Actually, a lot of new ideas arise when we talk to other people. Of course, we can talk by via Zoom, but it is better when we talk in person. But I used my time to do some projects that I wanted to do which are a bit off the beaten track.

Zierler:

So, what have you been working on recently? What have you been doing over the past year?

Maldacena:

These projects involved aspects of magnetic black holes and also wormholes that are big enough to allow for a person to travel through them.

Zierler:

These are topics that you might not necessarily have pursued under more normal circumstances?

Maldacena:

Probably not.

Zierler:

Well, Juan, let's take it all the way back to the beginning. Let's go back to Argentina. Tell me first about your parents. A little bit about them and where they're from.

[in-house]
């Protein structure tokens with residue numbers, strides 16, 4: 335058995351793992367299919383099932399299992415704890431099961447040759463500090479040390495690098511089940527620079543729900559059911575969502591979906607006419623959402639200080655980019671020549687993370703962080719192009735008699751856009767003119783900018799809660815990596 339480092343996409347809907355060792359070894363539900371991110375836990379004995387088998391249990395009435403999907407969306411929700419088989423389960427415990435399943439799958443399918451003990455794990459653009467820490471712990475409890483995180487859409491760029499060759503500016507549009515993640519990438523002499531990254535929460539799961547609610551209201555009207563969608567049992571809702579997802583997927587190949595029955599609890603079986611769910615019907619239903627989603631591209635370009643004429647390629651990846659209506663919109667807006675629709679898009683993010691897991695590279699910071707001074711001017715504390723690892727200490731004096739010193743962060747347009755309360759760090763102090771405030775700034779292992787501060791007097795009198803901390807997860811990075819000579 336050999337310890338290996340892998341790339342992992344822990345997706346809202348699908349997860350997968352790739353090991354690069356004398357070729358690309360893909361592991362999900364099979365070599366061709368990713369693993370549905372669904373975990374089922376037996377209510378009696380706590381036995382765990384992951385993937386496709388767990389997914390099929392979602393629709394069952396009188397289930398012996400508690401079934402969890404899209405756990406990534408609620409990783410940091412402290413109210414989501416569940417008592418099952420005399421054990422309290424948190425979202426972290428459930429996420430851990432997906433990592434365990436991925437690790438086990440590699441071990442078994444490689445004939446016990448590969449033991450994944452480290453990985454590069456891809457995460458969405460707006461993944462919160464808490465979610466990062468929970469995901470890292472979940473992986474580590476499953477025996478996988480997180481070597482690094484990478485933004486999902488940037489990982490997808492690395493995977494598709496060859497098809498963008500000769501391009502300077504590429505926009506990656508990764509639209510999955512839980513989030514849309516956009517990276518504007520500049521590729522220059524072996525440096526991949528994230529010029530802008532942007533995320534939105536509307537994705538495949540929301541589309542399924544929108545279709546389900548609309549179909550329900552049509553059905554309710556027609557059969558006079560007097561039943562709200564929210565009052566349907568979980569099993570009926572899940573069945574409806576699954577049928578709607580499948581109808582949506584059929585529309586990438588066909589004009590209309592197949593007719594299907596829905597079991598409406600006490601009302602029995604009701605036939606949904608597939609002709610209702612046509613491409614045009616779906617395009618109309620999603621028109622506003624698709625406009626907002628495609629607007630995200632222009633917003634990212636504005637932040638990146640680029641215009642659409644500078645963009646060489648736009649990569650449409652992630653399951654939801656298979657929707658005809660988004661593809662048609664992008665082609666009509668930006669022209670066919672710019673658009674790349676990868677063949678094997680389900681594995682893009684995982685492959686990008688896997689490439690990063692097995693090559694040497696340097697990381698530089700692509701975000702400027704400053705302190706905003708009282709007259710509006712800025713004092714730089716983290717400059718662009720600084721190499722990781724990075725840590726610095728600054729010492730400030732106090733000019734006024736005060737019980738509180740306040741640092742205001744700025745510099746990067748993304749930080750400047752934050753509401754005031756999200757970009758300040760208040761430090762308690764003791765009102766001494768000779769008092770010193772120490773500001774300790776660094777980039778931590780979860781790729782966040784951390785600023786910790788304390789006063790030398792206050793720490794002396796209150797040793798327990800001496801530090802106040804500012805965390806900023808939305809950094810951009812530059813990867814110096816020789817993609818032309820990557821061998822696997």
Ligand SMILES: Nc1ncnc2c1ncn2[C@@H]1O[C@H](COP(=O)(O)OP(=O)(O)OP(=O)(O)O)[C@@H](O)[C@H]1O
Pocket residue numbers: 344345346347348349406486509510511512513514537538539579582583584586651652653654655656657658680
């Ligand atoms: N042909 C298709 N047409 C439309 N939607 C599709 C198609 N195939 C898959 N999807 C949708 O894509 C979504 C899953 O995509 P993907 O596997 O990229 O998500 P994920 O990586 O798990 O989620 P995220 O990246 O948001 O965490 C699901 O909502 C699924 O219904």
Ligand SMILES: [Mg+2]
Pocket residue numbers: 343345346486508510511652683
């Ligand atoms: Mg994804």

Maldacena:

Both of my parents are from Argentina. My father is an engineer, and had a company installing and servicing elevators. My mother is a public English translator. While we were young, she stayed at home. After we grew up, she started working with my father, importing elevator parts.

Zierler:

How many generations back does your family go in Argentina?

Maldacena:

Basically one, their parents are from Italy or Spain.

Zierler:

Now, based on EU laws, do you have nationality or citizenship that can go back to Italy or Spain?

Maldacena:

Yes, I have the Italian citizenship.

Zierler:

And where did you grow up? What neighborhood in Buenos Aires did you grow up in?

Maldacena:

I grew up in a middle-class neighborhood called Caballito, on the ninth floor of an apartment building.

Zierler:

And what kind of schools did you go to growing up?